CURRENT: CLANG 3.3 and -stad=c++11 and -stdlib=libc++: isnan()/isninf() oddity

Tijl Coosemans tijl at
Thu Jul 11 09:37:36 UTC 2013

On 2013-07-11 06:21, Bruce Evans wrote:
> On Wed, 10 Jul 2013, Garrett Wollman wrote:
>> <<On Wed, 10 Jul 2013 22:12:59 +0200, Tijl Coosemans <tijl at> said:
>>> I think isnan(double) and isinf(double) in math.h should only be
>>> visible if (_BSD_VISIBLE || _XSI_VISIBLE) && __ISO_C_VISIBLE < 1999.
>>> For C99 and higher there should only be the isnan/isinf macros.
>> I believe you are correct.  POSIX.1-2008 (which is aligned with C99)
>> consistently calls isnan() a "macro", and gives a pseudo-prototype of
>>     int isnan(real-floating x);
> Almost any macro may be implemented as a function, if no conforming
> program can tell the difference.  It is impossible for technical reasons
> to implement isnan() as a macro (except on weird implementations where
> all real-floating types are physically the same).  In the FreeBSD
> implementation, isnan() is a macro, but it is also a function, and
> the macro expands to the function in double precision:
> % #define    isnan(x)                    \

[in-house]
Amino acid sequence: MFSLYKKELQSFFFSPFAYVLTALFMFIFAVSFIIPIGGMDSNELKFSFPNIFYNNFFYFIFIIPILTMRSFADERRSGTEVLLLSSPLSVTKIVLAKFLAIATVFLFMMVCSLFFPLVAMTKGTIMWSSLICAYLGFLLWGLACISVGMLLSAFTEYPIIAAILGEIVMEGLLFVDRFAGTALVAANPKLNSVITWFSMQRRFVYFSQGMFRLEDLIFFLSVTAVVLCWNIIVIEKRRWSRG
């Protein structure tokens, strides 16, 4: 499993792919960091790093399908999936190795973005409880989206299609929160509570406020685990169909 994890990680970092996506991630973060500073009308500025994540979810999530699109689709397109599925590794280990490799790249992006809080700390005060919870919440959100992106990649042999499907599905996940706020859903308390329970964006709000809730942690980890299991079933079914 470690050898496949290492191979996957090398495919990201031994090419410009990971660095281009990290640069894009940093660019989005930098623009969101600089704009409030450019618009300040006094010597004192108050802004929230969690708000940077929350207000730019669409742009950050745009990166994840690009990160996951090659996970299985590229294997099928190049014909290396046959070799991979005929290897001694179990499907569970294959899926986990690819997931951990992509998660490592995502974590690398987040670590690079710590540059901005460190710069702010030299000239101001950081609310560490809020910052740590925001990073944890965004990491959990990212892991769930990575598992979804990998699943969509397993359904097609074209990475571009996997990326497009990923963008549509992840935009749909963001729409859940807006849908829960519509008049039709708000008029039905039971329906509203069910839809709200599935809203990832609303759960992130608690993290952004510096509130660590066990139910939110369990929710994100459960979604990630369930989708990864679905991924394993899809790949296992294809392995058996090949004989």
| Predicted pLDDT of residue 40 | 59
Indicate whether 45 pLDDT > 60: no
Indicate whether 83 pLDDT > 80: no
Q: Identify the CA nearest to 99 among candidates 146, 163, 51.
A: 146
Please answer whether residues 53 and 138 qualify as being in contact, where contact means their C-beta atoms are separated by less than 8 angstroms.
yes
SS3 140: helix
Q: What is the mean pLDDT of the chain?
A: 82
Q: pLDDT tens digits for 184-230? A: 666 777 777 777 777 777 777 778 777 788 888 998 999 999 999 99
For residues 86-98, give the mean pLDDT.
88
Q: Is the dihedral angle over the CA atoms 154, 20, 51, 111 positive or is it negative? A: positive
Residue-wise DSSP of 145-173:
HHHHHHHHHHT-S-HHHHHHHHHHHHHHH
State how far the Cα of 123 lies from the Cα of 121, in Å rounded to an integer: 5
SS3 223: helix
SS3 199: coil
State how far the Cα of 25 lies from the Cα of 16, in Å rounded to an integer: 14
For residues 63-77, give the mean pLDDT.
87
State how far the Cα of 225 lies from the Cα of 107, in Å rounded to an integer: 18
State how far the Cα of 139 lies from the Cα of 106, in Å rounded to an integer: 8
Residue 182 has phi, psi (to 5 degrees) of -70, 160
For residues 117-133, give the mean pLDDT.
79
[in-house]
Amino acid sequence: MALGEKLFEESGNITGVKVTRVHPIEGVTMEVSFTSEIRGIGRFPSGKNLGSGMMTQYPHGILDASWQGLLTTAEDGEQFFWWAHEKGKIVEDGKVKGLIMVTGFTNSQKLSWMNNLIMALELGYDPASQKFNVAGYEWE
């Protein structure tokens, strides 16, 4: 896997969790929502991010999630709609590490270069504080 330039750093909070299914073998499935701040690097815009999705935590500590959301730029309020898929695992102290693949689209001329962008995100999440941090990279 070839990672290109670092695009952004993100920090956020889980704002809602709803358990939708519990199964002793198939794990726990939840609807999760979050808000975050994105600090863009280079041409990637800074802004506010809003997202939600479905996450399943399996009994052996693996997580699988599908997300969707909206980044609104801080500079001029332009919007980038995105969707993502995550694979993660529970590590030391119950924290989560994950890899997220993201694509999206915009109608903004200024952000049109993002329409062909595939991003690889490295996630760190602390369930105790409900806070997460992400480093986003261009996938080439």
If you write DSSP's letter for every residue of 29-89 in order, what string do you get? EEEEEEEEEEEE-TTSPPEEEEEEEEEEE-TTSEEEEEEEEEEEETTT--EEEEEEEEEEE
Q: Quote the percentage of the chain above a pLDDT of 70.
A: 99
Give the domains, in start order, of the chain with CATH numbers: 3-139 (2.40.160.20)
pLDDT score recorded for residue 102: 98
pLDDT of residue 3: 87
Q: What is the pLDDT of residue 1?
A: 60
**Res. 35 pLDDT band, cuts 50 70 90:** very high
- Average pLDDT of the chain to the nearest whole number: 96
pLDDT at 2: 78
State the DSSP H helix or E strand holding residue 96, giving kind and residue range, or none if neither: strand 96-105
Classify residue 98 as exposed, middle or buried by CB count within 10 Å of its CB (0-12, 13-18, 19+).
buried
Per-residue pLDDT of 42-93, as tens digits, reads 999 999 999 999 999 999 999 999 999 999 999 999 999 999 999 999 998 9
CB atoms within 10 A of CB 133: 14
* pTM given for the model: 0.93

> %     ((sizeof (x) == sizeof (float)) ? __isnanf(x)    \
> %     : (sizeof (x) == sizeof (double)) ? isnan(x)    \
> %     : __isnanl(x))

The C99 standard says isnan is a macro. I would say that only means
defined(isnan) is true. Whether that macro then expands to function
calls or not is not important.

> I don't see how any conforming program can access the isnan() function
> directly.  It is just as protected as __isnan() would be.  (isnan)()
> gives the function (the function prototype uses this), but conforming
> programs can't do that since the function might not exist.

I don't think the standard allows a function to be declared with the same
name as a standard macro (it does allow the reverse: define a macro with
the same name as a standard function). I believe the following code is
C99 conforming but it currently does not compile with our math.h:

#include <math.h>
int (isnan)(int a, int b, int c) {
        return (a + b + c);

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